EVERY morning George and Carole Palmer pull open their front bedroom curtains and gaze over Beechwood Park, home of the legendary Auchinleck Talbot.

“There is no better sight in the whole world to wake up to,” declares George as Carole lovingly rolls her eyes and grins in support. “Every day I think that.”

Fans do not come more loyal than George, a 51-year-old bus driver. And it’s a trait Carole likes. “I’d never miss a game, home or away,” he grins from under a hat emblazoned with the Talbot shield. What would have to happen for him not to go and see his team? “Dead,” butts in Carole, 47. George, laughing at himself, admits escaping weddings to watch Auchinleck.

Their semi, on Beechwood Avenue, sits just opposite the Talbot clubhouse. On their gate, in careful metalwork, is another shield, above their door, two flagstaffs.

But the Palmers are not the only family to go full black and gold, the Talbot colours. Much of town has. Along its Main Street, the last few shops and pubs have put up flags and bunting. Why?

Auchinleck, a junior club, has made it in to the fifth round of the senior Scottish Cup. After slaying Ayr United, the professional team from its county town 14 miles away, they are off to Edinburgh, to challenge premiership giants Hearts.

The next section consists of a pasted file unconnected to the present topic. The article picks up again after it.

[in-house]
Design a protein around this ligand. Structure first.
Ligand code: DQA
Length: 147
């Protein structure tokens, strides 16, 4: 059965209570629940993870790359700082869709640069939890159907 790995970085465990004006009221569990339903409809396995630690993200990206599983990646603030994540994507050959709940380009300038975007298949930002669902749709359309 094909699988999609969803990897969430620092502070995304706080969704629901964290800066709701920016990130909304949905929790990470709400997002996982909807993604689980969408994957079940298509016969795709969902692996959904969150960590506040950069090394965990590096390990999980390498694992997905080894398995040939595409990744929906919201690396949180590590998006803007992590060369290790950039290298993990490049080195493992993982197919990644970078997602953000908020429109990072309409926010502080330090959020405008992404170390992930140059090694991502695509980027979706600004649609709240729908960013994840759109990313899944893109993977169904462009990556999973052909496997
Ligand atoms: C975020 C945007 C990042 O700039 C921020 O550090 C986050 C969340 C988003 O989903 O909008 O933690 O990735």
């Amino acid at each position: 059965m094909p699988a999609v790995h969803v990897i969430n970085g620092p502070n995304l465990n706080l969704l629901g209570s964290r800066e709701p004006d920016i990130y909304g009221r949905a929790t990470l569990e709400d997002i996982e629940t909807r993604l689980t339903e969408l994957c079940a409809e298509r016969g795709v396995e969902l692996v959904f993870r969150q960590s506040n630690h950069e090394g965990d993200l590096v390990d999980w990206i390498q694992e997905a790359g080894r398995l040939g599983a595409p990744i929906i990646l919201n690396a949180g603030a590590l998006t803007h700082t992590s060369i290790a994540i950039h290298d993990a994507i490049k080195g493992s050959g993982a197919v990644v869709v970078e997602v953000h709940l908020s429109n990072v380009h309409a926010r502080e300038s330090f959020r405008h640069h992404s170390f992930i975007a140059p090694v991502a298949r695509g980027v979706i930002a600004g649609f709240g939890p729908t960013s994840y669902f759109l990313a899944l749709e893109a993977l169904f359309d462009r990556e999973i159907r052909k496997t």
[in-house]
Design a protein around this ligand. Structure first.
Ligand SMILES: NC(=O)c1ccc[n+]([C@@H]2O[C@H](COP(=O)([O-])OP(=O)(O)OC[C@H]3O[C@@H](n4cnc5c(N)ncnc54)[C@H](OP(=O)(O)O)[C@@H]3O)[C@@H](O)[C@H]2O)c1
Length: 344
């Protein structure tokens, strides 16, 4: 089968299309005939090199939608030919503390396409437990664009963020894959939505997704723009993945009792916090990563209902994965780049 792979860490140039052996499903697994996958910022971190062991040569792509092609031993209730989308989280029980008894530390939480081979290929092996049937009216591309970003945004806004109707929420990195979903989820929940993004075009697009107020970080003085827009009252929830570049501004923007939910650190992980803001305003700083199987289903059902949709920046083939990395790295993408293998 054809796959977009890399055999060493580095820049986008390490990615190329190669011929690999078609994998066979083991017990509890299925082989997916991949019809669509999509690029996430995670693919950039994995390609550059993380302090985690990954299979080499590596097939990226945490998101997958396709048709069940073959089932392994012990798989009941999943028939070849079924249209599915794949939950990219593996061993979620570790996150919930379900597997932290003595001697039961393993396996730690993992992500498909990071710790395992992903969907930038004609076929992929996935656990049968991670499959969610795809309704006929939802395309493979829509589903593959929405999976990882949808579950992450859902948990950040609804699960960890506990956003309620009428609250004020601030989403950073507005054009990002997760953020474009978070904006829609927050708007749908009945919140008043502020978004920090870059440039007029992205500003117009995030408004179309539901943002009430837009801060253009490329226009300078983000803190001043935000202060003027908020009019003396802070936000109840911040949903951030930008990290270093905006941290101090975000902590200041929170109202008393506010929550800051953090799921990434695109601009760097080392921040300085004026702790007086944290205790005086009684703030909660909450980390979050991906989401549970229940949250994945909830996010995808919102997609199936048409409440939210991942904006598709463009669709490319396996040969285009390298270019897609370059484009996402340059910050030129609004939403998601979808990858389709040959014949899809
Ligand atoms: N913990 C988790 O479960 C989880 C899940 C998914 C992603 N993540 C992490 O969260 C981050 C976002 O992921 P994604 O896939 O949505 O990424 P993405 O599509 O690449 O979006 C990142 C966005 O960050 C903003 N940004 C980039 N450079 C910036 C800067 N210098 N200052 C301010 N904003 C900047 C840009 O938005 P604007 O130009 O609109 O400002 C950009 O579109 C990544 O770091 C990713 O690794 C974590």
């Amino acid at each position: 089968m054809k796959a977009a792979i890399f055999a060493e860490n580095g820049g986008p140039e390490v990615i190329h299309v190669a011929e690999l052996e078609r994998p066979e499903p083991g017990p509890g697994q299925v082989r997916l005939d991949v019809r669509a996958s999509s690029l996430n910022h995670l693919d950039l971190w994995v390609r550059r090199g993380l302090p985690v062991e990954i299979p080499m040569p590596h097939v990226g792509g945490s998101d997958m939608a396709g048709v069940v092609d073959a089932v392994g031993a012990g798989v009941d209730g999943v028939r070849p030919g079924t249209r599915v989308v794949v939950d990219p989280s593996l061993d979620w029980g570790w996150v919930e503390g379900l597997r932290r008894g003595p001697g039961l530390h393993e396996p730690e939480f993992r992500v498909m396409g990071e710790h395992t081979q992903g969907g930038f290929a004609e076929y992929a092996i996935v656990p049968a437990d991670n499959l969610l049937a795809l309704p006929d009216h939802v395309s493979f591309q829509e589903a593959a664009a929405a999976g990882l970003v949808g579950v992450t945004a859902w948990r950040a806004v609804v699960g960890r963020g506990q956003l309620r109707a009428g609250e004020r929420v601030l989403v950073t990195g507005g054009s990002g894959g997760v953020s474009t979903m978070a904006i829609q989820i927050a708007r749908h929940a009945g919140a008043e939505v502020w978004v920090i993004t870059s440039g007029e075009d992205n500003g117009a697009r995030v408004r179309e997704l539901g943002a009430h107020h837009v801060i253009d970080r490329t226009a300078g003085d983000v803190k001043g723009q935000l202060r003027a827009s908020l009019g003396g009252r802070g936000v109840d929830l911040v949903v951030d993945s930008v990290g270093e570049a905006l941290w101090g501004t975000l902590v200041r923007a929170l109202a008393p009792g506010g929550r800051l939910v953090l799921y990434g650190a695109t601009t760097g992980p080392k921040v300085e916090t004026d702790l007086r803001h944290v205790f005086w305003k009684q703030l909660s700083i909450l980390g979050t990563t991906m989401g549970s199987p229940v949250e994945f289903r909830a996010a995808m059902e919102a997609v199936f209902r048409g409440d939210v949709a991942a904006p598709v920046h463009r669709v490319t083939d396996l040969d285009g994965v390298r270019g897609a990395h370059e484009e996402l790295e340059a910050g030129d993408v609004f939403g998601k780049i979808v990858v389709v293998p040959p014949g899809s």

This weekend at least 19 buses will leave the former pit village for the capital. Some 1800 tickets have been sold. That is one for every second resident of the town.

“Everybody is hyper,” says George. “The town feels great.”

Things are not usually easy in Auchinleck. The coal mines - the very reason for its existence - are closed, their remnants now post-industrial tourist attractions. The old shops, the Co-Op’s butchers and haberdashery stores, went decades ago, replaced, eventually, by a Tesco on the town’s edge. Unemployment here in East Ayrshire is twice the national average.

Soon the secondary school will shut, to be merged in to a new campus in neighbouring Cumnock. There is no cafe in the town centre open in an afternoon.

Auchinleck is losing all of the little focal points that cement a community. Except Talbot. Football binds this place together, winning football, that is.

Talbot may not play in the big leagues. But that means it is used to success and crowds of what would seem an impossible size for the community. Beechwood Park has a bigger capacity, around 4000, standing, than Auchinleck has a population.

“We have a terrible problem with apathy,” says local councillor Neil McGhee. “People, especially young people,have no hope. There are so few jobs. If only they would improve the roads or help bring some industry to the town.

“People talk a lot about austerity. Well, we have had it for 30 years, ever since the mines closed.”

Neil, in a black Talbot windcheater, knows the power of football to raise the mood of the town. “The place is buzzing,” he says. “The team carries our spirit now.”